However, the EPSRC does not plan to record the CDT students' publication or employment-destination data. Nor are there likely to be a statistically significant number of students who turn down places at the centres, Professor Rodger noted.
Another criticism of CDTs, particularly from students, is the perceived creation of a two-tier system in doctoral training, with those outside the centres feeling like second-class citizens.
Professor Sutton sympathised, but said he believed the best practice created in CDTs was spilling over into other areas of doctoral training, benefiting all postgraduates.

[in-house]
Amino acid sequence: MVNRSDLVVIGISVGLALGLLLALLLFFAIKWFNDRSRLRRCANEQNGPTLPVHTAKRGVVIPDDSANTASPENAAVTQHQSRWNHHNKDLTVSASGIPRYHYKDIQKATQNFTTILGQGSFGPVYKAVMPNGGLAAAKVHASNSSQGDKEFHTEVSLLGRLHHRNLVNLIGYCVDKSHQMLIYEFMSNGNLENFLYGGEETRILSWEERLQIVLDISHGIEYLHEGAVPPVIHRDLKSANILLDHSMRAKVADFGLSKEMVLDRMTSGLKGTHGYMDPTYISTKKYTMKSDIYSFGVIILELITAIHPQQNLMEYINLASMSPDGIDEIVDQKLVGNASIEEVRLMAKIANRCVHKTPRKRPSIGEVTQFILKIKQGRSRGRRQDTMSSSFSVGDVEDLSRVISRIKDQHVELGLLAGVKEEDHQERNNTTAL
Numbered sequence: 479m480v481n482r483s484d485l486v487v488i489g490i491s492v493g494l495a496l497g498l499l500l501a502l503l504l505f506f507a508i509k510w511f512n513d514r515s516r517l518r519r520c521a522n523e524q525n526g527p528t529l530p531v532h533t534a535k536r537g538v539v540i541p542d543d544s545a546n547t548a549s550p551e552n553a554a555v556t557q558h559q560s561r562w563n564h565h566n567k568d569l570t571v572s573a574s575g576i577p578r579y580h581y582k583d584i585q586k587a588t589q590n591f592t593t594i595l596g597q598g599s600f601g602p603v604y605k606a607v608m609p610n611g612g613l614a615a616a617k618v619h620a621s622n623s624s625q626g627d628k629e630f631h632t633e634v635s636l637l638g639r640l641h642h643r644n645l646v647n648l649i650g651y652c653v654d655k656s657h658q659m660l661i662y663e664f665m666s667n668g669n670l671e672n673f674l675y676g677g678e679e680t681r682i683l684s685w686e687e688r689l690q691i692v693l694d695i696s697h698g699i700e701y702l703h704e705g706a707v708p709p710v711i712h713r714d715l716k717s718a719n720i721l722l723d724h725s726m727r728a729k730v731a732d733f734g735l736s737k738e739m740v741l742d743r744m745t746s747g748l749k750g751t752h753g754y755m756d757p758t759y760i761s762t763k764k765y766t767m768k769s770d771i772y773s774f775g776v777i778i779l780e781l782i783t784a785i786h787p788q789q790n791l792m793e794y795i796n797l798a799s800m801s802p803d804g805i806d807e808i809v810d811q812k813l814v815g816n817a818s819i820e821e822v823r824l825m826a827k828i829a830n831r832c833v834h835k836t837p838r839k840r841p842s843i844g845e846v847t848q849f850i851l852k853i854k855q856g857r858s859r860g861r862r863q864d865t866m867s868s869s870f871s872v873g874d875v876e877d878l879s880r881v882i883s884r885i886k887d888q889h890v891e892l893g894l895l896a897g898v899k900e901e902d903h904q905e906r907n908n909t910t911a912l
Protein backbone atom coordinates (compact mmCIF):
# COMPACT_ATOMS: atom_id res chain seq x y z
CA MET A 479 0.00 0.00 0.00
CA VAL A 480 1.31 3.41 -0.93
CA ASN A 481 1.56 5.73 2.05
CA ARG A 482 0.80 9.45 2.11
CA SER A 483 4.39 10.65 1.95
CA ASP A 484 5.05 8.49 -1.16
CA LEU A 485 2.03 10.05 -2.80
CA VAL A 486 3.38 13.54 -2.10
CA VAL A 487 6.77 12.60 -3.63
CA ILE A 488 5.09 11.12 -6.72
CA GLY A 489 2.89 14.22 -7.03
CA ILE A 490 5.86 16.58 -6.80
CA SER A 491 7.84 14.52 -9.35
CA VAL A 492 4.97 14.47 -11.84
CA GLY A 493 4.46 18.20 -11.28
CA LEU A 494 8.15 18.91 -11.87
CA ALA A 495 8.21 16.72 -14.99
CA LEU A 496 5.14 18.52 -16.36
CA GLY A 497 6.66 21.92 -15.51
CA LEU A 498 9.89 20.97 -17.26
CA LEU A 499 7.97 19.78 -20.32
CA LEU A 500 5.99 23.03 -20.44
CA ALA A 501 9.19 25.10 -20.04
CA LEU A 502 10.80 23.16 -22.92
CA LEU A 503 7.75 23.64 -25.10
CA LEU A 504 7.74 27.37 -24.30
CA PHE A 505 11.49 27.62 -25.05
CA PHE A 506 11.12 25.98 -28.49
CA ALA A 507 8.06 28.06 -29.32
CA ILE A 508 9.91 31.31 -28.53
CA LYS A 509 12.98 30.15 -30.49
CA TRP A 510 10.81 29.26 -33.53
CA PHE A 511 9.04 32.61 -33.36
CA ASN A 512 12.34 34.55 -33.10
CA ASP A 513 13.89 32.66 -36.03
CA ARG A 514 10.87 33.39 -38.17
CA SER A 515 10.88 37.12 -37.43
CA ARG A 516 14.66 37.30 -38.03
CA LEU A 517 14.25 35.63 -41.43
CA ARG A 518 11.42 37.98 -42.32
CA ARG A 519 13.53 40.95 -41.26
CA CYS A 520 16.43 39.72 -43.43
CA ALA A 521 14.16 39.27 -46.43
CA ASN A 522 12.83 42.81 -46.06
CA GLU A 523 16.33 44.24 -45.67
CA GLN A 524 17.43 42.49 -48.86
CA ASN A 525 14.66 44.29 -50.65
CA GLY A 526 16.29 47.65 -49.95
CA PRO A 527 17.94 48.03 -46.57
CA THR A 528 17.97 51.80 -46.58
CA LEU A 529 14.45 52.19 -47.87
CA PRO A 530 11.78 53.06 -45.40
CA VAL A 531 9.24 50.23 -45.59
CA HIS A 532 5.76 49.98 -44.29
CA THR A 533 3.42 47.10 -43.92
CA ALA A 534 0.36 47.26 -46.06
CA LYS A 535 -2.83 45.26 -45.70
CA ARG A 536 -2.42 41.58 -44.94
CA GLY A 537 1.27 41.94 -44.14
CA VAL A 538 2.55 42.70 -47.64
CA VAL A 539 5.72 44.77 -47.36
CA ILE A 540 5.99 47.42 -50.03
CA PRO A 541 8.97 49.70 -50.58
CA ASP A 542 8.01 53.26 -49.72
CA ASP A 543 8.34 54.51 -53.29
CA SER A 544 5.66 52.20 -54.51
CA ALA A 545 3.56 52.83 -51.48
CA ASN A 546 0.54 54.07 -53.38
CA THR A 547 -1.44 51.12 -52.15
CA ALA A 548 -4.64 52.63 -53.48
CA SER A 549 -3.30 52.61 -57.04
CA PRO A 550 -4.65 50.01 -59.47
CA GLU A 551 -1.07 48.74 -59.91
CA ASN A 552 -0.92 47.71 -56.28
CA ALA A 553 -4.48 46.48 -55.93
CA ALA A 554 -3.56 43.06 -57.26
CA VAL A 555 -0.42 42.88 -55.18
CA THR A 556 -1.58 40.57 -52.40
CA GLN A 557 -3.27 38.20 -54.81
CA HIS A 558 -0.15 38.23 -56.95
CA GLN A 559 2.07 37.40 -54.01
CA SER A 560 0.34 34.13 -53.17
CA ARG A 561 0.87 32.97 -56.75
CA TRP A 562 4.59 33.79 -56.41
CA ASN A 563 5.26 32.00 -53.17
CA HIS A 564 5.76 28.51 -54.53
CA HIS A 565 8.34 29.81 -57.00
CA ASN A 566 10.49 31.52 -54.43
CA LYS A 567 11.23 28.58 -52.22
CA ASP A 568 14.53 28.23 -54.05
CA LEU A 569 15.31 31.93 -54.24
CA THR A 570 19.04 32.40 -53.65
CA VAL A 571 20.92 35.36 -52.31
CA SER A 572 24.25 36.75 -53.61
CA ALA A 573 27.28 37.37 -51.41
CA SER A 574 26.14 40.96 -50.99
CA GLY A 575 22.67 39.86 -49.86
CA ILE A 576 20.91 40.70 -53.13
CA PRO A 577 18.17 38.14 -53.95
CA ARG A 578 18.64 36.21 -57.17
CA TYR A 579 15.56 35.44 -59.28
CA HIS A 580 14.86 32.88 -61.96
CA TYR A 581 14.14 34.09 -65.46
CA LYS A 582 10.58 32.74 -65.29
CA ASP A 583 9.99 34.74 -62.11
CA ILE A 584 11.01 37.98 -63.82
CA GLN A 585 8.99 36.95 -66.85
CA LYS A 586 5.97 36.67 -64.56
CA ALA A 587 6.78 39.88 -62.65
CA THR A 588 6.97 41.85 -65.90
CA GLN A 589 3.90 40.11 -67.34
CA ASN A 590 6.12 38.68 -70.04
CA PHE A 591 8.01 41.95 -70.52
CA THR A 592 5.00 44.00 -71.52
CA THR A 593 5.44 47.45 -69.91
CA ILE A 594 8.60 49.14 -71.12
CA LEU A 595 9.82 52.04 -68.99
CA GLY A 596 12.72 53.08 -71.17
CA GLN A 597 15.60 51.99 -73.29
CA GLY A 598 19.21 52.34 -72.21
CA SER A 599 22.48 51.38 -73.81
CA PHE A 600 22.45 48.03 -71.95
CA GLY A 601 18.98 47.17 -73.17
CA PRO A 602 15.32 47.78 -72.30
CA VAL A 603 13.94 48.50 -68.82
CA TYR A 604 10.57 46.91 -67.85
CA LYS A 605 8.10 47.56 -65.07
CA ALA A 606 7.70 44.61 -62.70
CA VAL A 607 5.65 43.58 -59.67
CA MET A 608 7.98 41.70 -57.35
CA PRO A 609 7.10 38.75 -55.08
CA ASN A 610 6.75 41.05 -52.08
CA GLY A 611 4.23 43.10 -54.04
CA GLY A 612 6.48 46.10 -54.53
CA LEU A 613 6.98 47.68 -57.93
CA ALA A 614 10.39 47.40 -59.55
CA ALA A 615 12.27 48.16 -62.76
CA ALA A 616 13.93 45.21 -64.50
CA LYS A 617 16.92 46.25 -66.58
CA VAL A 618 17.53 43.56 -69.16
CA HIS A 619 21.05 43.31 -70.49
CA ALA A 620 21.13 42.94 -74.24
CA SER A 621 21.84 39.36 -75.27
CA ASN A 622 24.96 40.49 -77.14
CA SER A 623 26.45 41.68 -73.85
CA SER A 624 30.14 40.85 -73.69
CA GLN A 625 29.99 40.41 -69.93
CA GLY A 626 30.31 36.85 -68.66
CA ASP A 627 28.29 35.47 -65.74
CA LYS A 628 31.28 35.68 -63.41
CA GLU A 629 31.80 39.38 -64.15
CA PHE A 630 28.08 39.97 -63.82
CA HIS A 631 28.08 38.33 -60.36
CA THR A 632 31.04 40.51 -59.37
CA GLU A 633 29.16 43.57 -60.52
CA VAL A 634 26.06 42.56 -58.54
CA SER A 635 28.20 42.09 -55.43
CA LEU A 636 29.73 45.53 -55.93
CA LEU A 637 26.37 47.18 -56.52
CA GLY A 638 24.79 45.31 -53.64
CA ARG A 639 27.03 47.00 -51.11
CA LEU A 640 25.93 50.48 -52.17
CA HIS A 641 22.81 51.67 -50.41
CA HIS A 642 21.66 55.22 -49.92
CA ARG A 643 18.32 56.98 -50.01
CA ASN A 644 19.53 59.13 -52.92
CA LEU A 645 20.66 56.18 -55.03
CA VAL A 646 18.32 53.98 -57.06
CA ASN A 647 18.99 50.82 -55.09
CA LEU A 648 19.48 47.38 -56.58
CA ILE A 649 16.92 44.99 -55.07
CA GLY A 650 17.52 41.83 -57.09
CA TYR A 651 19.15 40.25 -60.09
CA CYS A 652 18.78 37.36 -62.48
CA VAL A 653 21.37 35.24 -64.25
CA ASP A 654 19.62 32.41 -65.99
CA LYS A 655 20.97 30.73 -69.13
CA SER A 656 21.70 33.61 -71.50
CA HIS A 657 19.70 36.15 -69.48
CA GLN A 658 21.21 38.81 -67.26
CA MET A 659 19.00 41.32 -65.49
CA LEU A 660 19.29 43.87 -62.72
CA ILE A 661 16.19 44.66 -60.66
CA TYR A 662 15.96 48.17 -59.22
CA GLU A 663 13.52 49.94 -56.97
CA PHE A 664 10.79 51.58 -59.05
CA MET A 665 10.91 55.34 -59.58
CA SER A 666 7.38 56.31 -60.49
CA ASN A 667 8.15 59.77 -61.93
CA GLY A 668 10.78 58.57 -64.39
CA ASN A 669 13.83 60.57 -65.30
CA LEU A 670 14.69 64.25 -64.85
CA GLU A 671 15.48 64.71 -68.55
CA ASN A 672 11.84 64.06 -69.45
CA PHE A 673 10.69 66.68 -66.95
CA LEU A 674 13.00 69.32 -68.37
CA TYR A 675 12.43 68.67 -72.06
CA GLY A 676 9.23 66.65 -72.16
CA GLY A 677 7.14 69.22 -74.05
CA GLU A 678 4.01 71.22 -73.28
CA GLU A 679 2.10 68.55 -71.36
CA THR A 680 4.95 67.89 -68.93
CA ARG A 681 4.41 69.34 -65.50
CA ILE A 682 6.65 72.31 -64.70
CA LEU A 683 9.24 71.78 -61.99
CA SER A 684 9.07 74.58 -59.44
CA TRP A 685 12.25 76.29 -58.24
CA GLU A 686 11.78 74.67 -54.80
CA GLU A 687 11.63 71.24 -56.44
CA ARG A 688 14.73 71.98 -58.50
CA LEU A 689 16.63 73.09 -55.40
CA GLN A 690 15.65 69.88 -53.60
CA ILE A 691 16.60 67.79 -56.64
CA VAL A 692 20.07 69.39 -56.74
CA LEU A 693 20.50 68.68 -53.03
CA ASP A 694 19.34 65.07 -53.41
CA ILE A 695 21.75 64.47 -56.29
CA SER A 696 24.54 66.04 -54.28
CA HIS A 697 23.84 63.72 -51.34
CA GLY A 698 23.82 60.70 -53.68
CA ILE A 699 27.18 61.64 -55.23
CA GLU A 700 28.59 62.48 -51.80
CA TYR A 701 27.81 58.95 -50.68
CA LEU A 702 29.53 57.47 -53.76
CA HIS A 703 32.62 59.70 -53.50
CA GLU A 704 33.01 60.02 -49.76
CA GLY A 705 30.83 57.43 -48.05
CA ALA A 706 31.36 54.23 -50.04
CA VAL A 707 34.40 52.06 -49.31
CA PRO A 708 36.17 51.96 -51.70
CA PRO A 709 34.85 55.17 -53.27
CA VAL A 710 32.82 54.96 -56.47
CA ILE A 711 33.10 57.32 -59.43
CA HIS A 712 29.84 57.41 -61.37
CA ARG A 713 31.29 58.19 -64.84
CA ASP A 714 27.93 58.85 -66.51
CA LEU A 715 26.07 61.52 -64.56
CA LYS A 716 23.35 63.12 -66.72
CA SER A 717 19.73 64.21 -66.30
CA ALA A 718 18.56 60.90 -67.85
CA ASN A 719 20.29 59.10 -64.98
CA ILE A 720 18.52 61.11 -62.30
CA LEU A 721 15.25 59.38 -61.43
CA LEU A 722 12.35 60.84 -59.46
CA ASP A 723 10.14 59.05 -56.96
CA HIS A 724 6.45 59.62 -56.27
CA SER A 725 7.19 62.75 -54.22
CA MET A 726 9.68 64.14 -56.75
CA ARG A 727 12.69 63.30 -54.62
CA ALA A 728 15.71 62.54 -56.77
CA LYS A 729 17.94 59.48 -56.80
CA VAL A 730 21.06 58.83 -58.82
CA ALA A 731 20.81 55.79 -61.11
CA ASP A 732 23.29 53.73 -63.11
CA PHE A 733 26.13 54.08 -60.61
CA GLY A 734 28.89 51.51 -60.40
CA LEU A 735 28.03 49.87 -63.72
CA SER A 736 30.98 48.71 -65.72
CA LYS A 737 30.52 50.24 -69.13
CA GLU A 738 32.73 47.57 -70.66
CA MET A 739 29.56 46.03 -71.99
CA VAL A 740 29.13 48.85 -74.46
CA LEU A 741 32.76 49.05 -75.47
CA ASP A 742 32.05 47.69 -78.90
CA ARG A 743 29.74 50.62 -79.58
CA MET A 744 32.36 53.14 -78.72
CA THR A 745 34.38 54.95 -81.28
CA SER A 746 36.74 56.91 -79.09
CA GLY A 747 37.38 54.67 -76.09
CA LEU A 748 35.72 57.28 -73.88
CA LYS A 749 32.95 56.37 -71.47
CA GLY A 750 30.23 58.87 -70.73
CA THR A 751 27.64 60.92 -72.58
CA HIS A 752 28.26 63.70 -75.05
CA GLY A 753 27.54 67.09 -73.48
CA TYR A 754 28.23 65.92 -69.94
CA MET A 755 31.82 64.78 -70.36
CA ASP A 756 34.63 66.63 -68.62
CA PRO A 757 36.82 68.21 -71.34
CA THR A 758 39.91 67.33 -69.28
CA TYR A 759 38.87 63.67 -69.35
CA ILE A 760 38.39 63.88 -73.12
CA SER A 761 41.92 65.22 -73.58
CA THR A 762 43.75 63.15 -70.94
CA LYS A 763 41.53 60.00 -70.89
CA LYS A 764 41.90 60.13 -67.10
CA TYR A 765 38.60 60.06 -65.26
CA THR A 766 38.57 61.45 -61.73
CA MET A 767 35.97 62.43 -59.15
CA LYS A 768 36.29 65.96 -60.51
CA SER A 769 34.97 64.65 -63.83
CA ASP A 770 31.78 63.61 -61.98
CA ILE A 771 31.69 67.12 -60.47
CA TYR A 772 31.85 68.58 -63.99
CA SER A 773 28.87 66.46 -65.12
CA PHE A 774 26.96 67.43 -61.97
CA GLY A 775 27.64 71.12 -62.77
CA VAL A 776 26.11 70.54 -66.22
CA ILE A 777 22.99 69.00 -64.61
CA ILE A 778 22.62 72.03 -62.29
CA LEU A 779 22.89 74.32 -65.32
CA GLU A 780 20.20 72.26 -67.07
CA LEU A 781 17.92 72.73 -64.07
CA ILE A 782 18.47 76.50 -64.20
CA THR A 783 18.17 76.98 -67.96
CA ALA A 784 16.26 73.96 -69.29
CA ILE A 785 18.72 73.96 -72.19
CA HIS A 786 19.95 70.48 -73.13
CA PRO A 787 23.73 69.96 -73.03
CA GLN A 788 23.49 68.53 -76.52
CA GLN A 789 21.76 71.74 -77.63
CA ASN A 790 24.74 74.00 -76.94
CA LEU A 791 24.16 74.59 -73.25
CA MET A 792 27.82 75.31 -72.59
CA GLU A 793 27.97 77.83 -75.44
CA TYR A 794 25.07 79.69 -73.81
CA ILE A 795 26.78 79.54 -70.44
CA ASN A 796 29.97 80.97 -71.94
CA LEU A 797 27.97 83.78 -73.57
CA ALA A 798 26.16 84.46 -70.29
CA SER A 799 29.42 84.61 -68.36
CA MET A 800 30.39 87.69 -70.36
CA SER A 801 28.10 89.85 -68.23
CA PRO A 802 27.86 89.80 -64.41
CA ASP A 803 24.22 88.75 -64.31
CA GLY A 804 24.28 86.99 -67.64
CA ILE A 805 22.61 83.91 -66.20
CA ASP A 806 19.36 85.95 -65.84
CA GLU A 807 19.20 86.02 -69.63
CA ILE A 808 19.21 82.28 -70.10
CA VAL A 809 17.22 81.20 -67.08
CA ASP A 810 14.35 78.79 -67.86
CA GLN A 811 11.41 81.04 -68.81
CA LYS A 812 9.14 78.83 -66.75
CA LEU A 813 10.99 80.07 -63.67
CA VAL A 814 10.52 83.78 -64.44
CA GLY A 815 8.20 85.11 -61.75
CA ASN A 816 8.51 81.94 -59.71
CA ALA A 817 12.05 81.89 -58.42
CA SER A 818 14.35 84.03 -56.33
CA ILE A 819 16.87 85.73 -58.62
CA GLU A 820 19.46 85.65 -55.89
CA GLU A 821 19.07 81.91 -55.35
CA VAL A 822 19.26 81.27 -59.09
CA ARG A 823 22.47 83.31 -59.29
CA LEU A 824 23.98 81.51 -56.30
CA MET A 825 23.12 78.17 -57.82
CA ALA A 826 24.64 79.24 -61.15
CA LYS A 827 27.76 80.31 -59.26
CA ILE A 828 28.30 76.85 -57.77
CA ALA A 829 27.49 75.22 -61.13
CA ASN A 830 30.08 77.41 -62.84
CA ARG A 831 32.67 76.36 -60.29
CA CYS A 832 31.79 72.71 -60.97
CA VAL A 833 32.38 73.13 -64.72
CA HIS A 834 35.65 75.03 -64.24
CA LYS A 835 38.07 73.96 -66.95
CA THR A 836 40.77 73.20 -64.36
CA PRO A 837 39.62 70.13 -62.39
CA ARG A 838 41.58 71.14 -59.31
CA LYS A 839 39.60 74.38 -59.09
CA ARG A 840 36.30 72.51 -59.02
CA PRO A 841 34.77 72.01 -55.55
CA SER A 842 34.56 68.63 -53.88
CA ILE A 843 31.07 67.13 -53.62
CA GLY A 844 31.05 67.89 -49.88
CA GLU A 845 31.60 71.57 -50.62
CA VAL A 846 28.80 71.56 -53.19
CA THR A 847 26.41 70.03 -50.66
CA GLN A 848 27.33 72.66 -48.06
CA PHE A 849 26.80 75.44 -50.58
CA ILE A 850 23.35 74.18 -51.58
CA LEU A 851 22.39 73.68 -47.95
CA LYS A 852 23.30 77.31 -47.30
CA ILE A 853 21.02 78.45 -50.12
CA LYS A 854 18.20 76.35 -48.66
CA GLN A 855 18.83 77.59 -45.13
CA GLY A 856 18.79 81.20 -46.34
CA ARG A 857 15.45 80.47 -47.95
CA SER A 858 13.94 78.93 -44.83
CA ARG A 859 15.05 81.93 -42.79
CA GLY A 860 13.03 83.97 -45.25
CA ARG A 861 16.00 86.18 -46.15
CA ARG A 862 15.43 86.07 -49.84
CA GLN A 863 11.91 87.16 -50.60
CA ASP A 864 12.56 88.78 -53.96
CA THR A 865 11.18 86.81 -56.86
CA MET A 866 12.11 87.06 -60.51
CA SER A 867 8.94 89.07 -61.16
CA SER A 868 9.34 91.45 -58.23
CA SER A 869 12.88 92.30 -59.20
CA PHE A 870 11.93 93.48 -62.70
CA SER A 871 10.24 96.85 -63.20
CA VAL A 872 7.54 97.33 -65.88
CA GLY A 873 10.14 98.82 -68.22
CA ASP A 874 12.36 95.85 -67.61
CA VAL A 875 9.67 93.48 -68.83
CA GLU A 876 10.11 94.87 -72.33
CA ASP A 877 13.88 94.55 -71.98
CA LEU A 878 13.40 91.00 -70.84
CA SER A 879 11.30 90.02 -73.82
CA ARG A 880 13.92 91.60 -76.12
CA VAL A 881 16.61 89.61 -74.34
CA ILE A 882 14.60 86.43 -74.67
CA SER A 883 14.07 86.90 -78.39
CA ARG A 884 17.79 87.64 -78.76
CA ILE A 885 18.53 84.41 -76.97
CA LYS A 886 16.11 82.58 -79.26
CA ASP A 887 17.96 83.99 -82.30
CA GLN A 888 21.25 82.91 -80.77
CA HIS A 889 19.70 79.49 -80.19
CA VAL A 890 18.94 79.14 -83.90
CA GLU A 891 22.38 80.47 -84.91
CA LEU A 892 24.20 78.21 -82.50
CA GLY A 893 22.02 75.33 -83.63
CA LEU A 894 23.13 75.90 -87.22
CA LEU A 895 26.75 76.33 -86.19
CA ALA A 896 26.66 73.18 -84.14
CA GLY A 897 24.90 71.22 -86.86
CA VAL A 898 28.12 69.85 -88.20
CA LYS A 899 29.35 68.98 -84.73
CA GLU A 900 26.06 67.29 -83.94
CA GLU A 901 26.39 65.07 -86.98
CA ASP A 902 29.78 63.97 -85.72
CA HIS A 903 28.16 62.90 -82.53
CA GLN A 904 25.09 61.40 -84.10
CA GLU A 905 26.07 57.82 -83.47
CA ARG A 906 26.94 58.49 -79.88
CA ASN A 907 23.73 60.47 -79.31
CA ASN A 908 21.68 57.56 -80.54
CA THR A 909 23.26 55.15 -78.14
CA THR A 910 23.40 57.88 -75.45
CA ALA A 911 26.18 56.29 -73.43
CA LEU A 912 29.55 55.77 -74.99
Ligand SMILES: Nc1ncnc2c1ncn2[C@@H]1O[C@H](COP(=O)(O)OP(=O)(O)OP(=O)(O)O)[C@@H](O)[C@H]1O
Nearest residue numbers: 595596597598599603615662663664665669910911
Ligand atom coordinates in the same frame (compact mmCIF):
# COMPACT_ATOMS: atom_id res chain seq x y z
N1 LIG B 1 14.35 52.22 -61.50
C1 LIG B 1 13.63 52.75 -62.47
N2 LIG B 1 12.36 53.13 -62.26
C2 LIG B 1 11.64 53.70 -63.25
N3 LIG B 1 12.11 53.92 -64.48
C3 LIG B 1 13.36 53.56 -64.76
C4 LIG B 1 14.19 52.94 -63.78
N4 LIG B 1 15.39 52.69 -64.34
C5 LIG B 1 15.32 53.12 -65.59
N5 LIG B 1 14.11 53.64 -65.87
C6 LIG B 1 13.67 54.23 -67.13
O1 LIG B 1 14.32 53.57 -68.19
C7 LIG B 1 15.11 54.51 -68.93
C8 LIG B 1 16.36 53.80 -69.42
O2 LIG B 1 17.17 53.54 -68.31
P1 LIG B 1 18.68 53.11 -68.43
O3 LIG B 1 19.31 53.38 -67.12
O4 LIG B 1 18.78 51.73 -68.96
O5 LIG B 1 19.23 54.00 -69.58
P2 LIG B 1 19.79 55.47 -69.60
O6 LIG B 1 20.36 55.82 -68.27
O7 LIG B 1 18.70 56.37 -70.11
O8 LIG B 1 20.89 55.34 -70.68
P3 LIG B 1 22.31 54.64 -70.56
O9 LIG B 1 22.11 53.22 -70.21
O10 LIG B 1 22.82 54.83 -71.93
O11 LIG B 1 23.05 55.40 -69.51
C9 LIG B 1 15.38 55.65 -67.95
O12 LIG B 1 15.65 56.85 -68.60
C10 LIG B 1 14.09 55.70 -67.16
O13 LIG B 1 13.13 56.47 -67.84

"What we're doing is raising the bar for the whole of postgraduate education by being creative and innovative," he said.
Professor Rodger is less confident of the inevitability of such spillover, noting that it had taken "a very high level of commitment from me personally" to drive the implementation of CDT techniques across Warwick.
She also acknowledged that the multidisciplinary projects pursued by CDT students would "never have the depth" of those pursued by standard PhD students. But she remained "fanatically in favour" of them.
"Other models of training work very well, too, perhaps for different people and different areas of science," she said. "But I favour the CDT model for anything crossing disciplines since it facilitates the creation of communities. The training add-on more than justifies the extra cost and, personally, I always involve any single-discipline students I have in a CDT structure."